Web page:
Granite Bay memorial dedicated on Gold Star Mother’s Day

By: Bill Sullivan, Associate Publisher
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On Sunday morning, a crowd gathered at the corner of Barton Road and Douglas Boulevard to celebrate Gold Star Mother’s Day in a way that was much more special than any other year locally.  


After a long journey by the Granite Bay Rotary Club and numerous volunteers, the long-awaited day arrived in which the community witnessed the Walk of Honor flag dedication and ceremony at a new memorial constructed at Granite Bay Park.


The Walk of Honor was designed and built by the Granite Bay Rotary Club. At the center of the display is a 50-foot pole flying the American flag with five shorter poles next to it displaying the individual flags of the Armed Forces.


These flags now fly proudly on the corner of Douglas and Barton at Granite Bay Park, serving as an impactful reminder to the community of the freedoms Americans enjoy, thanks to the sacrifices made by the Armed Forces.

“They say a man dies twice. First, when he takes his final breath, and second, when he and his deeds are forgotten,” said Patty Schumacher of Granite Bay.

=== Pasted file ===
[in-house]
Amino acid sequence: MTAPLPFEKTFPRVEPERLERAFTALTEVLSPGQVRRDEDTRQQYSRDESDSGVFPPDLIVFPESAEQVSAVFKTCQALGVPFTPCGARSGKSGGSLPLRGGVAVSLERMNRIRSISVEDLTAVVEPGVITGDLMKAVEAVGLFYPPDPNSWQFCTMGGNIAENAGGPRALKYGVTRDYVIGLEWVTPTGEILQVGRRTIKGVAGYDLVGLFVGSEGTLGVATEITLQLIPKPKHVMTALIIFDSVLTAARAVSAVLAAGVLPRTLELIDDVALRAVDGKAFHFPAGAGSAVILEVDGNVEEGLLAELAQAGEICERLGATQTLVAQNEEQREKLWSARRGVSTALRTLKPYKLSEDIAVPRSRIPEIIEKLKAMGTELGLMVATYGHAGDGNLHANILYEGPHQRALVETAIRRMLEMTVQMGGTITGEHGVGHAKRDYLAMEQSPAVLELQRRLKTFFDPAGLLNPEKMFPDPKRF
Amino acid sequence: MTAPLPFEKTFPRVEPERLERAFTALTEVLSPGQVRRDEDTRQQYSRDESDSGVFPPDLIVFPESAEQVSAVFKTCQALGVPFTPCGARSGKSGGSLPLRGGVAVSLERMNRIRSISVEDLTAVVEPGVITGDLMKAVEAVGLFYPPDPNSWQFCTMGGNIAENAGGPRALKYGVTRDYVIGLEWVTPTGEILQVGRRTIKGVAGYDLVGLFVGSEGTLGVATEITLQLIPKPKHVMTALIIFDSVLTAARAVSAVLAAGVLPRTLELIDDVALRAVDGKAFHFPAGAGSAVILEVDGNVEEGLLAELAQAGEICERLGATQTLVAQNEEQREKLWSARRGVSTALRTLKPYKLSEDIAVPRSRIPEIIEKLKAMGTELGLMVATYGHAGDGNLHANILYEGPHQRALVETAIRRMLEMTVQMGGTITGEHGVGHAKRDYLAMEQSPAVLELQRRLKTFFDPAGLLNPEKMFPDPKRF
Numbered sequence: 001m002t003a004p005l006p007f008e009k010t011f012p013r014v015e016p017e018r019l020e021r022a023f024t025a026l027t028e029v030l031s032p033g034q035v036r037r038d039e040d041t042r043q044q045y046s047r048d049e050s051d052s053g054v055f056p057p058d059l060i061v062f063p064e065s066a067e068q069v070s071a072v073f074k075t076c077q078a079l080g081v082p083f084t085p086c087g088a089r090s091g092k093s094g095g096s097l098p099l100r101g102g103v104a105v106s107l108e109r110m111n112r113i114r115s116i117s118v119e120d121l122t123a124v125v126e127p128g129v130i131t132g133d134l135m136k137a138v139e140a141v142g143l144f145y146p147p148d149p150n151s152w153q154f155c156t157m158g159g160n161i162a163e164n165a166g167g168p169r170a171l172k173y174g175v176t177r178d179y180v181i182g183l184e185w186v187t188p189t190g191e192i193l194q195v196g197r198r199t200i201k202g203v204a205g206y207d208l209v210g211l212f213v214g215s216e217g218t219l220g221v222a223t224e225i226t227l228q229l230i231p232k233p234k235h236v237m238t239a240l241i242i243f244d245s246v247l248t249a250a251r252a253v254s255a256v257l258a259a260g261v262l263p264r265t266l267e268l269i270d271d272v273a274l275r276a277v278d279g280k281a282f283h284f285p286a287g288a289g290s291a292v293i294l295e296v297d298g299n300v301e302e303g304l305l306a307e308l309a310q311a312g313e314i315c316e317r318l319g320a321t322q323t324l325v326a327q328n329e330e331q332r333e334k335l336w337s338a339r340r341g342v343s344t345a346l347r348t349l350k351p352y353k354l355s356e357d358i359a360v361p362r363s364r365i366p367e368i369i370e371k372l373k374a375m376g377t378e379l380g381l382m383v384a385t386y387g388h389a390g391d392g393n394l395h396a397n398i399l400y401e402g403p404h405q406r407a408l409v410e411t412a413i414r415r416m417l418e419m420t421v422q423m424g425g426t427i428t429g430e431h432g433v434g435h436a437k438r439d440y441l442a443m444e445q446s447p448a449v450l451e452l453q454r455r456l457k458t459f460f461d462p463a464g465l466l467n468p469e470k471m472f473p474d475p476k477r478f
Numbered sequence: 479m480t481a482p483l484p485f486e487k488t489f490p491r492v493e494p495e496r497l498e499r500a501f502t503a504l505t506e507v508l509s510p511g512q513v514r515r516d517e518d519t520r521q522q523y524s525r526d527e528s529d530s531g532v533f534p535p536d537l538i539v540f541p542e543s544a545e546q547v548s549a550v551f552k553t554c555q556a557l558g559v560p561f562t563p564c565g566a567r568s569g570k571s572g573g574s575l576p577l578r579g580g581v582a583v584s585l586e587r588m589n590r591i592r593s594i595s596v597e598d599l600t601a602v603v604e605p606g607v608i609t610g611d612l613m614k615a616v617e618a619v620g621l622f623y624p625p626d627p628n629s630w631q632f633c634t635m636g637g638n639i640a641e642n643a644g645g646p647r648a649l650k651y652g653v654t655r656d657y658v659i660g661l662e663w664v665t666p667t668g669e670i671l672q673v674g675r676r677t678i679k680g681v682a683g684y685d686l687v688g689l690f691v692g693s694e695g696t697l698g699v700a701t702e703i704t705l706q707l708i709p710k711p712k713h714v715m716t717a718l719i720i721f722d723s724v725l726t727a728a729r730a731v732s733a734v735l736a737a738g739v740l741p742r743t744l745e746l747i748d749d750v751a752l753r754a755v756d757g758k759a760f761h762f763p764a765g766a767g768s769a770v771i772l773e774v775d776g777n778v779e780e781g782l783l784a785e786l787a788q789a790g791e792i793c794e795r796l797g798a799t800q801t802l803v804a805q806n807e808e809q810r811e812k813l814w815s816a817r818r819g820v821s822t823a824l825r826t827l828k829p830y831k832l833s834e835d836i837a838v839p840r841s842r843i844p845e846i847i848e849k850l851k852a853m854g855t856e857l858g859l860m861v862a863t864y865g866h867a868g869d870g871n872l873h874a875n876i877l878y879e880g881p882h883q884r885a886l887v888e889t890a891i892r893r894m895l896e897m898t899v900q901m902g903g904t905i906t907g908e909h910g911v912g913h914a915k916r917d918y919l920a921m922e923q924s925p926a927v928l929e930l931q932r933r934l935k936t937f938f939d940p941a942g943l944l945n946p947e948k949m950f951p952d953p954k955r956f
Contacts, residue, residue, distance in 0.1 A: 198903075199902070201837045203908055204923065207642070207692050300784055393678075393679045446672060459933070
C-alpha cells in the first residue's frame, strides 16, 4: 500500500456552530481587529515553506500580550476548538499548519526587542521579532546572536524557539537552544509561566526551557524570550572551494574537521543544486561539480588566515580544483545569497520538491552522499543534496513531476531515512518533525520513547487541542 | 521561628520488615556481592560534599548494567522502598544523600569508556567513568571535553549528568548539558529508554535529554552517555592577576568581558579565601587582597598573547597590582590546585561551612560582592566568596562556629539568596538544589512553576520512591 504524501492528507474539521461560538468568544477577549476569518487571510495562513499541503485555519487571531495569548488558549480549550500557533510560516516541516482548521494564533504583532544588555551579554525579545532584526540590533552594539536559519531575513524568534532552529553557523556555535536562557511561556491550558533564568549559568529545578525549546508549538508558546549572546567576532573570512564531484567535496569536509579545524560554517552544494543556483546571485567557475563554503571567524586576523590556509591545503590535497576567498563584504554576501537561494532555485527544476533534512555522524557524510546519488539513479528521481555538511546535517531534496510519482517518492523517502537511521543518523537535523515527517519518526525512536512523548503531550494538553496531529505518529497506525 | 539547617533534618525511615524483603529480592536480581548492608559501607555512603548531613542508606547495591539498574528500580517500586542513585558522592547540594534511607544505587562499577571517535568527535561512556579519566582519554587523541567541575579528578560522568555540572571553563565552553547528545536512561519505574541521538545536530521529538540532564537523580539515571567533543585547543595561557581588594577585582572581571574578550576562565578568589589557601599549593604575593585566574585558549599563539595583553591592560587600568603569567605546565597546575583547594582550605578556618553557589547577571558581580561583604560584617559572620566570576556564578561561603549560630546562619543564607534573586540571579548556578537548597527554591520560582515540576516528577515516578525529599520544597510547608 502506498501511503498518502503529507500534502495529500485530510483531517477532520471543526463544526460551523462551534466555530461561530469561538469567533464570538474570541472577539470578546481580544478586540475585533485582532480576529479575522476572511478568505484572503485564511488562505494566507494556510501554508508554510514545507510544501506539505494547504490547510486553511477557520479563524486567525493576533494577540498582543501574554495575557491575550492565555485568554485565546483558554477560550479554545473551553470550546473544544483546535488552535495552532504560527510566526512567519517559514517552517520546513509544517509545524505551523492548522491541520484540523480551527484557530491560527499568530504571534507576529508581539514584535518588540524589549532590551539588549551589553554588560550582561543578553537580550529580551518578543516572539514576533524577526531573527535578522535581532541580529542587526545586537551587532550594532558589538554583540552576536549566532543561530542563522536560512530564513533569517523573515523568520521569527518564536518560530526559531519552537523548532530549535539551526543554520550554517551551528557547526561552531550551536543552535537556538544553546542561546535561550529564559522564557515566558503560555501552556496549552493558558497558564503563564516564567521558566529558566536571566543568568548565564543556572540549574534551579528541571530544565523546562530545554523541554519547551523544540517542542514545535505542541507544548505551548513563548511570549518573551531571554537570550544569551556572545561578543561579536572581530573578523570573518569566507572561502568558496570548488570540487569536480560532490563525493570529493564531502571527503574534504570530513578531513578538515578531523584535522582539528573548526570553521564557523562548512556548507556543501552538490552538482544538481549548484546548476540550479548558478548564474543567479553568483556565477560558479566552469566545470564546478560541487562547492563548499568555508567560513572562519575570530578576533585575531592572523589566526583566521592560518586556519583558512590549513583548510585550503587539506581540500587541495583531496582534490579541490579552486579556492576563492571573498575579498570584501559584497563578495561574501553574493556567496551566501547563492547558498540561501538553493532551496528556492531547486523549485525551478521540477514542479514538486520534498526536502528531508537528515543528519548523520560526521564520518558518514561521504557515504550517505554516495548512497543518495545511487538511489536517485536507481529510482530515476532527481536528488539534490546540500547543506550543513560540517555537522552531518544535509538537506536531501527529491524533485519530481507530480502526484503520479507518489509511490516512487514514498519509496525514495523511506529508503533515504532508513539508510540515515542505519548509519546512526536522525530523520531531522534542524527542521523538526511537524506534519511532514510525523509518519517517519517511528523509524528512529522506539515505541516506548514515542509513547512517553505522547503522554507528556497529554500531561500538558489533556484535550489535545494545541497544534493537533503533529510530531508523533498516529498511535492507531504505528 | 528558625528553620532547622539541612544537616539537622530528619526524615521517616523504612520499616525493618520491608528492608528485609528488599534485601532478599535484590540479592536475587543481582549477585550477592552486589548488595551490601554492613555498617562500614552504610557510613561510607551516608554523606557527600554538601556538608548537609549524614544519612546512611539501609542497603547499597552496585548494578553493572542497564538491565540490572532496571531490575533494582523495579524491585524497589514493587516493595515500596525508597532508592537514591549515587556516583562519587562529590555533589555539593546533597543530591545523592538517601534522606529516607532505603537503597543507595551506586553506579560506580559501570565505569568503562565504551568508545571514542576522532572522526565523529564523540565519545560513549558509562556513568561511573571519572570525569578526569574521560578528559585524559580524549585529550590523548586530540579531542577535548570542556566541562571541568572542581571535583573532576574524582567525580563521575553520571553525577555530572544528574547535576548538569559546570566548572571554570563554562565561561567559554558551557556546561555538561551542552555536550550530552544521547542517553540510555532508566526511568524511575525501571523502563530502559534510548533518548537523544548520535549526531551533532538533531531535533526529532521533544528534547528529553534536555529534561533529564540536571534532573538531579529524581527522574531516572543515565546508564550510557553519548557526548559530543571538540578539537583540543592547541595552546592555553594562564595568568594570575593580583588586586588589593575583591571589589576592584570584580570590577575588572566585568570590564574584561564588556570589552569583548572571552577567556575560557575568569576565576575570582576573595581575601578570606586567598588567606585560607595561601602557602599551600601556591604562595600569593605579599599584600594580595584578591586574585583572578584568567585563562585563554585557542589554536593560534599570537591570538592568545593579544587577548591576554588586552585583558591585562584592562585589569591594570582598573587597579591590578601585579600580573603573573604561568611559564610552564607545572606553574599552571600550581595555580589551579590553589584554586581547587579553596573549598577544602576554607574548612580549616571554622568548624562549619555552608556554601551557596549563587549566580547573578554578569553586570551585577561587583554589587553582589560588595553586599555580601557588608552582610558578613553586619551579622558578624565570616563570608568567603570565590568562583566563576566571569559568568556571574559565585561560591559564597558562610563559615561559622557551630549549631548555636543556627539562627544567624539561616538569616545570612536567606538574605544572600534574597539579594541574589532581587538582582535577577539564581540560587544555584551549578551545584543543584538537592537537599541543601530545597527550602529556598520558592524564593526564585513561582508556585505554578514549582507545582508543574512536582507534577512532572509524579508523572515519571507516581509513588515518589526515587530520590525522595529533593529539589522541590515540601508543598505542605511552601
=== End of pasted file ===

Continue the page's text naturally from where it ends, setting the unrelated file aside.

Schumacher is a Gold Star Mother who spoke at the event and has been one of many instrumental in the local project.


“We must never forget all the brave men and women who have stepped up to serve our country. Each and every one of them have given something of themselves. All gave some. There are significantly fewer who gave more. They gave their last breath for our country, for what they were asked to do for her and for what she stands for,” Schumacher said. “It is important to have memorials such as this to help us remember that those who serve, fight and die in conflicts around the world. It is the least we can do in honoring who these true heroes are. Say their names; remember their deeds.”
Schumacher’s son, Lance Corporal Victor Dew, USMC, graduated from Granite Bay High School in 2008. He was killed in action Oct. 13, 2010, while serving in Afghanistan. He was deployed eight years ago on Sept. 25, and just eight days later, the Granite Bay family received the fateful knock on the door to notify them that Victor had lost his life on his very first mission over season when he was struck by a remotely detonated EID.

Prior to joining the Armed Services, the Shumachers attempted to talk their son into continuing with further college before entering the military. However, he was determined to serve his country, something he dreamed of since the attack on 9/11.

The original Gold Star Mother’s Day was proclaimed in 1936, named after the gold star that families hung in their windows in honor of the deceased veteran. Gold Star Mother’s Day is observed on the last Sunday of September each year. It is a day to recognize and honor families who have lost a son or daughter in the service of our country.

Now, in Granite Bay, those who lost their lives in the line of duty can be remembered every day as motorists pass by the intersection and families enjoy the park in which the memorial has been constructed.